And there... but let's listen to Geoffrey Martin's tale:
"We had been in total darkness for about 15 minutes. Suddenly we glimpsed wonderful reliefs and were extremely surprised to find ourselves in an antechamber leading to a burial chamber. My colleague looked at an inscription on a wall and exclaimed, 'My God, it's Maya'!"
The excavation and restoration of Maya's tomb lasted five years (1987 to 1991). It was conducted by a joint expedition of the Egypt Exploration Society (EES) and the National Museum of Antiquities in Leiden.
The underground rooms, carved in a layer of very soft rock, have been a great problem. Against the walls, the workers of antiquity placed a lining of limestone slabs while leaving a space between the bedrock and this limestone covering, filling the void between the two with earth. This device had the happy result of preventing to a large extent the efflorescence of salt crystals on the reliefs. This explains why the existing decorations are fairly well preserved.
It soon became clear that it would be impossible to restore the walls of the underground rooms on site. Protecting them while allowing visitors required a real technical feat: the intact reliefs as well as hundreds of fragments, were removed and reinstalled in a pit specially dug under the surface of the outer courtyard of the tomb and accessible by a small staircase.
Maya probably grew up at the court of Amenhotep III. The beginning of his career was in the time of Akhenaten, the so-called monotheistic pharaoh, whose disastrous administration almost destroyed Egypt (to follow this subject in depth, see ). Maya could be identified as one of Akhenaten's courtiers, a high-ranking figure, with important fonctions and titles, who was called
"May" (without the final "a"). The favour that he enjoyed is attested by the right to have a tomb in Amarna, TA 14 (see )
But it was during the reign of the young King Tutankhamun (1333-1323 BC) that he reached some of the most important positions in the country. Together with Horemheb and the Divine Father Ay, he ruled Egypt. It was at this time that he had his tomb built in Saqqara, as also did Horemheb.
Once Akhenaten and his immediate successors, the ephemeral Merytaton (daughter of Akhenaten) and Smenkharê disappeared, Maya finds himself faced with a huge task: Egypt's internal affairs had gone badly after almost twenty years of disorder due to the Amarna episode. Maya helped restore traditional cults, restored the temples which, while not being completely closed as it was long believed, were however quiescent.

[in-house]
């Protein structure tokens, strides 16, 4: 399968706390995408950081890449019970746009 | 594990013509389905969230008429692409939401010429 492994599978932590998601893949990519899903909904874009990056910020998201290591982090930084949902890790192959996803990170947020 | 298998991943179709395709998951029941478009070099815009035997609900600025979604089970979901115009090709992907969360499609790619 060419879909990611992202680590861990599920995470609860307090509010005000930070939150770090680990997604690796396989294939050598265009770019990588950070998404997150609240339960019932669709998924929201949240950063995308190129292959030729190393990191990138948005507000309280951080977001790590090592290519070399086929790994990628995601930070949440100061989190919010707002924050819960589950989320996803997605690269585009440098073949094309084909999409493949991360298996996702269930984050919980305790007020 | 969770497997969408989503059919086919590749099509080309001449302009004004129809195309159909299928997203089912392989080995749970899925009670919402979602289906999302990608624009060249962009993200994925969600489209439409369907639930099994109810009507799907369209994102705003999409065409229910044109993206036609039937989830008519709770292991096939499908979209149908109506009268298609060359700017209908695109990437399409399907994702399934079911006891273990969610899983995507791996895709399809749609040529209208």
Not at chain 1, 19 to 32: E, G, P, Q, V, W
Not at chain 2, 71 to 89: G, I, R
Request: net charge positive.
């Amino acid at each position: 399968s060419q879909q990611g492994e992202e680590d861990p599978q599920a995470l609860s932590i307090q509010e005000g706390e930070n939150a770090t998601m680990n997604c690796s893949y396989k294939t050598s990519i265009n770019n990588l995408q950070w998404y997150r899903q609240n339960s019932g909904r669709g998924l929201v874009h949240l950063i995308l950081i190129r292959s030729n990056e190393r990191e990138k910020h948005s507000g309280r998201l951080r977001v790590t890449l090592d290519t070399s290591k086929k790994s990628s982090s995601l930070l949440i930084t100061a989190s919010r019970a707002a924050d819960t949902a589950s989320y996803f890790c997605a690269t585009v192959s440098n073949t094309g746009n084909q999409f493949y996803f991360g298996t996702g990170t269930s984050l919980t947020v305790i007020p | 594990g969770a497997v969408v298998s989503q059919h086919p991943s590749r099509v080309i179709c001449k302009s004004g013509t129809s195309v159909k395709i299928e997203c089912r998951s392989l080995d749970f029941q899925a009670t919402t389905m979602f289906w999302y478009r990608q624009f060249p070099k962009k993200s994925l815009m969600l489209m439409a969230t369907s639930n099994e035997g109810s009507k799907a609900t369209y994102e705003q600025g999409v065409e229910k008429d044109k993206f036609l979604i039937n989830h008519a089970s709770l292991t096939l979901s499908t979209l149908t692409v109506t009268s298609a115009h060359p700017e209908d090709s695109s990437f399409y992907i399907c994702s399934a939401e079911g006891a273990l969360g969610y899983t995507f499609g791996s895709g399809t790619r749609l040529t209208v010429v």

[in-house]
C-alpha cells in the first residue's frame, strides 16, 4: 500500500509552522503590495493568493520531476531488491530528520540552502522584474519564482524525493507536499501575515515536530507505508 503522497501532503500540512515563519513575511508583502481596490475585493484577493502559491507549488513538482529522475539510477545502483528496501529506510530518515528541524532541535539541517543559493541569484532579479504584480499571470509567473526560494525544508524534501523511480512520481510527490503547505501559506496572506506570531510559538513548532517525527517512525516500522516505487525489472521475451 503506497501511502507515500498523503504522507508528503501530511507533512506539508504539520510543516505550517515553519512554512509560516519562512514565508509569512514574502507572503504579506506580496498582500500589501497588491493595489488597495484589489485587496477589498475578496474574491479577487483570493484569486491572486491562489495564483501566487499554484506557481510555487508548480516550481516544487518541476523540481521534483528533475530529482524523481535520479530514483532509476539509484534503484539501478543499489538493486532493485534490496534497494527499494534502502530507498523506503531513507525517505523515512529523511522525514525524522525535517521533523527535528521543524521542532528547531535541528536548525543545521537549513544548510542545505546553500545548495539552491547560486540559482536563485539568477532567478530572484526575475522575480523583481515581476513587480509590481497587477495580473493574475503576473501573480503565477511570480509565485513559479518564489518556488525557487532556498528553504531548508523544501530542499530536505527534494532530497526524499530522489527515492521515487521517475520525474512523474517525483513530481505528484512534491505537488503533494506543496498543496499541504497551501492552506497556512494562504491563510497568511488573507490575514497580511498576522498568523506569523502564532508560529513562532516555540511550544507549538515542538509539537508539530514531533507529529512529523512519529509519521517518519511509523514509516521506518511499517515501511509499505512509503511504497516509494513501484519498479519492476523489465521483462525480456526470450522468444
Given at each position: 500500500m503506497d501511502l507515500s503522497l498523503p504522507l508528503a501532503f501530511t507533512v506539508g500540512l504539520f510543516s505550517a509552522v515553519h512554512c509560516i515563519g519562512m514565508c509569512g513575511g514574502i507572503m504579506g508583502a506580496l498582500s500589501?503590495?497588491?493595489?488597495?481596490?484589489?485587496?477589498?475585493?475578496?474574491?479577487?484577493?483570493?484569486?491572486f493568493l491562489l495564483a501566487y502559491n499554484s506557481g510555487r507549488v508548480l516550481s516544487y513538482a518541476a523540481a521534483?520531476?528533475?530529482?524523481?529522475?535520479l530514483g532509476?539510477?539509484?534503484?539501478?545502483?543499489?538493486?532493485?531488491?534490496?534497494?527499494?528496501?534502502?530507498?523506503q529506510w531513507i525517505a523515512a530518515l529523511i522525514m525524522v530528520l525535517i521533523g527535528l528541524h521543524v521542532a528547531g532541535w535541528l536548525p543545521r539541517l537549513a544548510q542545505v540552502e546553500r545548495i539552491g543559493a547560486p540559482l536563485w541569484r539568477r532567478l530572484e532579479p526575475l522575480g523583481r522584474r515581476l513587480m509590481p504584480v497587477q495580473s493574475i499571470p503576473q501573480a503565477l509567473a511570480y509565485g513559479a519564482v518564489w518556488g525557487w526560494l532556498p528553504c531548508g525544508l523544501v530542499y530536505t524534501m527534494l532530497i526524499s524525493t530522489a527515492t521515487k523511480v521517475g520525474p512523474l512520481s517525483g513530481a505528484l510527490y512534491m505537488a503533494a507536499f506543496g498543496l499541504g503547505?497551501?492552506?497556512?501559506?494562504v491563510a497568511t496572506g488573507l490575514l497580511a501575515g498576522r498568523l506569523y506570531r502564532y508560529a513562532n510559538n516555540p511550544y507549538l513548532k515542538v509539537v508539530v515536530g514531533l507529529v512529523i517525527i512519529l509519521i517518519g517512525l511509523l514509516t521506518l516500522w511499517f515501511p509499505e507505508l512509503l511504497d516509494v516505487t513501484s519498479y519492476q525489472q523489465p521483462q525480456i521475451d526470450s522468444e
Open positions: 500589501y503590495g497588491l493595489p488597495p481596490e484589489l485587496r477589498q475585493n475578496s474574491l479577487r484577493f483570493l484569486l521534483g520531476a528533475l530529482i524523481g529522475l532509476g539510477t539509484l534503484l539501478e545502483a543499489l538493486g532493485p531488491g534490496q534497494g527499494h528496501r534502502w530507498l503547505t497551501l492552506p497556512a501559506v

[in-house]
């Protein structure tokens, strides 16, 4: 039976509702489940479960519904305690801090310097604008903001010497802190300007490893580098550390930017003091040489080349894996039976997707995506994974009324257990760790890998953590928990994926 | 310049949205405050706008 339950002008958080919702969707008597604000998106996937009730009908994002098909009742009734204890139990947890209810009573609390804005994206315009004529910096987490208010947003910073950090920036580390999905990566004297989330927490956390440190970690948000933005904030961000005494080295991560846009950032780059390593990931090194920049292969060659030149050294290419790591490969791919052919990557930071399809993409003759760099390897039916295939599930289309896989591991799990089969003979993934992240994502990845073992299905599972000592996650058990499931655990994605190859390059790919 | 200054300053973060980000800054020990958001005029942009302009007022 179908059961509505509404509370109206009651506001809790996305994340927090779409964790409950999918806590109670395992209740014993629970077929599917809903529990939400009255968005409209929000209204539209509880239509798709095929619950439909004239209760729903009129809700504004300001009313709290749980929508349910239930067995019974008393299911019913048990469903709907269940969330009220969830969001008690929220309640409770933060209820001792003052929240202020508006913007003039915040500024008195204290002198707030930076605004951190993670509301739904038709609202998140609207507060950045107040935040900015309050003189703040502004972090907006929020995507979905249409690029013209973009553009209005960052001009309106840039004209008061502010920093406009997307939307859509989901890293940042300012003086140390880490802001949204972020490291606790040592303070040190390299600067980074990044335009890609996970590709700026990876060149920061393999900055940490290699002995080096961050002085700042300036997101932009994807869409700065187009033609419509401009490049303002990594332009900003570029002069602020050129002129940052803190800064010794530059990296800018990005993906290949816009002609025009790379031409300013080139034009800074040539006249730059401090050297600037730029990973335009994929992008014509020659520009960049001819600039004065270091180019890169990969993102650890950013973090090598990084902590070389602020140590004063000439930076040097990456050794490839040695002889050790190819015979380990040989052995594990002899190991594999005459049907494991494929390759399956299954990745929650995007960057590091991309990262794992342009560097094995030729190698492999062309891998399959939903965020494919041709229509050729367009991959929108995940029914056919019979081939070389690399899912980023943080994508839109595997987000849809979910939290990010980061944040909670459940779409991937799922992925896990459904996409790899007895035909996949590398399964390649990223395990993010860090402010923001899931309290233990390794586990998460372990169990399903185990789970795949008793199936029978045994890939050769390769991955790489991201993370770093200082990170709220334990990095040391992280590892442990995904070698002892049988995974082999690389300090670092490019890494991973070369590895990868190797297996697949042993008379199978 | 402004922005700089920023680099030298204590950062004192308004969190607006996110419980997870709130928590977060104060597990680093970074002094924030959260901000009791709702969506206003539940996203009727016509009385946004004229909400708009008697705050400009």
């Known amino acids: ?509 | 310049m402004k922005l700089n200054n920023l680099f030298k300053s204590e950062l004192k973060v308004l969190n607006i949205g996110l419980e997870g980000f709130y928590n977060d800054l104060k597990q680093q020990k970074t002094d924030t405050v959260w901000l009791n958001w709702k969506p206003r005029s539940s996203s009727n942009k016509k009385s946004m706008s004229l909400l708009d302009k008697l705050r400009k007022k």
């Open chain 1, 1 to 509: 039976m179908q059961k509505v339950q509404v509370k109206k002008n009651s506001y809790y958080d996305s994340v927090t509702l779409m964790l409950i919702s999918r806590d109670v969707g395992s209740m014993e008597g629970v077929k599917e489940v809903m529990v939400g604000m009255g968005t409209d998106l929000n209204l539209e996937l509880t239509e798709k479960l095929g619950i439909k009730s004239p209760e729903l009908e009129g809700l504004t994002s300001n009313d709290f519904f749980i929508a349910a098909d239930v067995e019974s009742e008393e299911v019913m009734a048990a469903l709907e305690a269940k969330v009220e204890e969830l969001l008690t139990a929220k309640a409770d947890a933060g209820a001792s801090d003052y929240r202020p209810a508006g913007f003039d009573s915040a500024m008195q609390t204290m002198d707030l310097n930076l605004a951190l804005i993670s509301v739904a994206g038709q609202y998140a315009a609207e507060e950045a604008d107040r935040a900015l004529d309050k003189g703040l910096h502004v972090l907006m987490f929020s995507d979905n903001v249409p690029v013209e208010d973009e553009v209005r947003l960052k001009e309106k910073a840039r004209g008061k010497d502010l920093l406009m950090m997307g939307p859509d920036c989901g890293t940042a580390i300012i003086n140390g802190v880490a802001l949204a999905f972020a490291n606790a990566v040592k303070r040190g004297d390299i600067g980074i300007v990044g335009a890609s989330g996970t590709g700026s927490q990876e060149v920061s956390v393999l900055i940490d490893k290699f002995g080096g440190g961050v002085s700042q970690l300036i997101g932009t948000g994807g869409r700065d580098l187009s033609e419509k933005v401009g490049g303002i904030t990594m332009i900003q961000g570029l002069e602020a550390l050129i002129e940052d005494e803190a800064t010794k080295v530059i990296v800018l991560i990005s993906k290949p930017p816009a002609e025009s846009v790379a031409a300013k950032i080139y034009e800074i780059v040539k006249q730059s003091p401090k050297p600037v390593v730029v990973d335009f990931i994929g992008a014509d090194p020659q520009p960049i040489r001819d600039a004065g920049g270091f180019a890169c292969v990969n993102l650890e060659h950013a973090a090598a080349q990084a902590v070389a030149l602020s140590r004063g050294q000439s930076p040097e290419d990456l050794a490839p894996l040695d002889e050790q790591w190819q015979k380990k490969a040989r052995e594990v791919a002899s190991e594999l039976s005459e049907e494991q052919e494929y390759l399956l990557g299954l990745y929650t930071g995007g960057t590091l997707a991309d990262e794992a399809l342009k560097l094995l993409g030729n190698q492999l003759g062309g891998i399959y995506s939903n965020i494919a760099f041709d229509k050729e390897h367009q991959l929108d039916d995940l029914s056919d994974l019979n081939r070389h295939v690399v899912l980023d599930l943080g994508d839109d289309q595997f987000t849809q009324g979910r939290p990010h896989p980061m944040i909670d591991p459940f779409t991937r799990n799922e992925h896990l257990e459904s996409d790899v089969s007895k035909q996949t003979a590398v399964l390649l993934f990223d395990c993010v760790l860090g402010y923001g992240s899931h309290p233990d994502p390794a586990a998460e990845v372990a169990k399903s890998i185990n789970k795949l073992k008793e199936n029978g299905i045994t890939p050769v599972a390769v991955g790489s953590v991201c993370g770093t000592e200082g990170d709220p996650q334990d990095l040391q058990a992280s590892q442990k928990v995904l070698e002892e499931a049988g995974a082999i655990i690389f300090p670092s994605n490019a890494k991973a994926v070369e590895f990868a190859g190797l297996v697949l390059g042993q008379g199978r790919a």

Meanwhile, Generalissimo Horemheb dealt with the country's external affairs, which had been undermined in Asia by Akhenaten's irresponsible foreign policy- a mixture of neglect and incompetence. Horemheb therefore conducted several military campaigns and brought the vassals of Egypt back into line.
On Tutankhamun's death, Maya organized the funeral of the young king; he placed objects bearing his name in the funerary furniture, such as the votive offering that is currently in the Louvre Museum. Although there is a lack of documentation, it is very likely that Maya continued to hold office under his successor Ay. Then, having had the intelligence to support General Horemheb against his rival, General Nakhtmin, he remains in place under Horemheb who had become pharaoh.
G.T. Martin recorded 39 court titles (some of them purely honorary), 18 administrative titles, 3 variants of the title of scribe, 6 titles related to the conduct of works and 8 titles of priestly conduct. Listing all these titles and their variations comes out of the subject of this presentation, so we only quote the most important ones.
► The most commonly returned title-function is
"Overseer of the Treasury", with variations:
"Overseer of the Treasury of the Lord of the Two Lands," "Overseer of the Treasury of Silver and Gold," "Overseer of the Double Treasury of Gold," "Overseer of the Double Treasury of Silver"
► Another important title-function is
"(true) Royal Scribe (who he loves)."
► There is also often found:
"Fan bearer on the right of the king"
"Seal bearer of the King of Lower Egypt"
"Who has every (seal) of the king on his ring"
"Mouthpiece of his majesty"
"(He) the stick governs the people"
"Who governs both shores"
"Overseer of works in the Place of Eternity" (Valley of The Kings)
"Guardian of the Secrets of the Palace"
"Favourite of Horus (the King) in his palace"
"[He] Who does what pleases his majesty"
"Who does what pleases the Lord of the Two Lands"
"(He) whose every act satisfies the One (the king)"
"(His) conduct is beneficial in his heart (the king)"
"(He) whose ka was shaped by the Lord of the Two Lands"
"Great in the Palace"
"Great in his dignity"
"pleasant (in) the heart of the sovereign"
"Loved by the Lord of The Two Lands"
"One that the Lord of The Two Lands loves because of his virtues"
"Pure of hands when burning incense" or
"Guardian of the secrets of the House of Gold in the temples of all gods"
"He who leads the procession"
"He who leads the feast of Amon"
"Guide to the feast of Amon in Karnak"
Maya disappeared in the course of year 9 of Horemheb's reign, or shortly thereafter (~ 1310 BC). His wife Meryt had predeceased him. Judging by the bone remains found in the tomb, he was in his 50s
A small unburnt brick chapel, from the end of the 18th dynasty and intended for a lector priest by the name of Yamen, is located against the south wall of the inner courtyard. Moreover, a stele proves that Maya's funeral cult continued at least until Ramesside times.
This is probably the reason why the large tomb of Tia and Tia, brother-in-law and sister of Ramesses II, was inserted between the tombs of Horemheb and Maya. To do this, the layout had been carefully studied to allow this tomb to fit in this relatively limited space. The architect of Tia certainly would not have taken this trouble if the worship in Maya's tomb had already been abandoned.